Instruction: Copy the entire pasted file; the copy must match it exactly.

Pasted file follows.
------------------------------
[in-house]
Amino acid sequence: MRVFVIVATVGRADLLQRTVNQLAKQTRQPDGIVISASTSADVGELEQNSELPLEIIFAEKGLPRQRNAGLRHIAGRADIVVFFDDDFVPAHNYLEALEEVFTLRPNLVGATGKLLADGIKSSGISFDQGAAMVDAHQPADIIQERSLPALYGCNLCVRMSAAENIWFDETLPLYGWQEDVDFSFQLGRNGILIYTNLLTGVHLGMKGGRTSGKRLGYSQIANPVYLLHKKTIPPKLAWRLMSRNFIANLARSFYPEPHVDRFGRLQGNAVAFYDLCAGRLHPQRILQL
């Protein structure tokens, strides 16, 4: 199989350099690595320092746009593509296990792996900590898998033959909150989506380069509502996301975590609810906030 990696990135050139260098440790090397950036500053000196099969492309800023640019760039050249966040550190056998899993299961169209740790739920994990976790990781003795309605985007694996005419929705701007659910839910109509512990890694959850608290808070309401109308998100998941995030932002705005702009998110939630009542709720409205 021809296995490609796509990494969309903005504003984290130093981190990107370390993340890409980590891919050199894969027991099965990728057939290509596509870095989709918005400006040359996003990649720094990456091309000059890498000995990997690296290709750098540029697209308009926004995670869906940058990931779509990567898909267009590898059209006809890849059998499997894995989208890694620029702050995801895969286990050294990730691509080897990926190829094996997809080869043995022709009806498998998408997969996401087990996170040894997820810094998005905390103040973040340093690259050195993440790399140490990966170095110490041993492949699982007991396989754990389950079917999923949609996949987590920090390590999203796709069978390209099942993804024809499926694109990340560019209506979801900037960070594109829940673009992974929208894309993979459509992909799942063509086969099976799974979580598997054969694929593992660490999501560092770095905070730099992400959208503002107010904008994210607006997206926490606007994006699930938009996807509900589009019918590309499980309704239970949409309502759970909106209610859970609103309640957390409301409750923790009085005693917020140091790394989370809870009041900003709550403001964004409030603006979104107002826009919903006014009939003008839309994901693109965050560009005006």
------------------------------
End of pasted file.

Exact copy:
[in-house]
Amino acid sequence: MRVFVIVATVGRADLLQRTVNQLAKQTRQPDGIVISASTSADVGELEQNSELPLEIIFAEKGLPRQRNAGLRHIAGRADIVVFFDDDFVPAHNYLEALEEVFTLRPNLVGATGKLLADGIKSSGISFDQGAAMVDAHQPADIIQERSLPALYGCNLCVRMSAAENIWFDETLPLYGWQEDVDFSFQLGRNGILIYTNLLTGVHLGMKGGRTSGKRLGYSQIANPVYLLHKKTIPPKLAWRLMSRNFIANLARSFYPEPHVDRFGRLQGNAVAFYDLCAGRLHPQRILQL
């Protein structure tokens, strides 16, 4: 199989350099690595320092746009593509296990792996900590898998033959909150989506380069509502996301975590609810906030 990696990135050139260098440790090397950036500053000196099969492309800023640019760039050249966040550190056998899993299961169209740790739920994990976790990781003795309605985007694996005419929705701007659910839910109509512990890694959850608290808070309401109308998100998941995030932002705005702009998110939630009542709720409205 021809296995490609796509990494969309903005504003984290130093981190990107370390993340890409980590891919050199894969027991099965990728057939290509596509870095989709918005400006040359996003990649720094990456091309000059890498000995990997690296290709750098540029697209308009926004995670869906940058990931779509990567898909267009590898059209006809890849059998499997894995989208890694620029702050995801895969286990050294990730691509080897990926190829094996997809080869043995022709009806498998998408997969996401087990996170040894997820810094998005905390103040973040340093690259050195993440790399140490990966170095110490041993492949699982007991396989754990389950079917999923949609996949987590920090390590999203796709069978390209099942993804024809499926694109990340560019209506979801900037960070594109829940673009992974929208894309993979459509992909799942063509086969099976799974979580598997054969694929593992660490999501560092770095905070730099992400959208503002107010904008994210607006997206926490606007994006699930938009996807509900589009019918590309499980309704239970949409309502759970909106209610859970609103309640957390409301409750923790009085005693917020140091790394989370809870009041900003709550403001964004409030603006979104107002826009919903006014009939003008839309994901693109965050560009005006």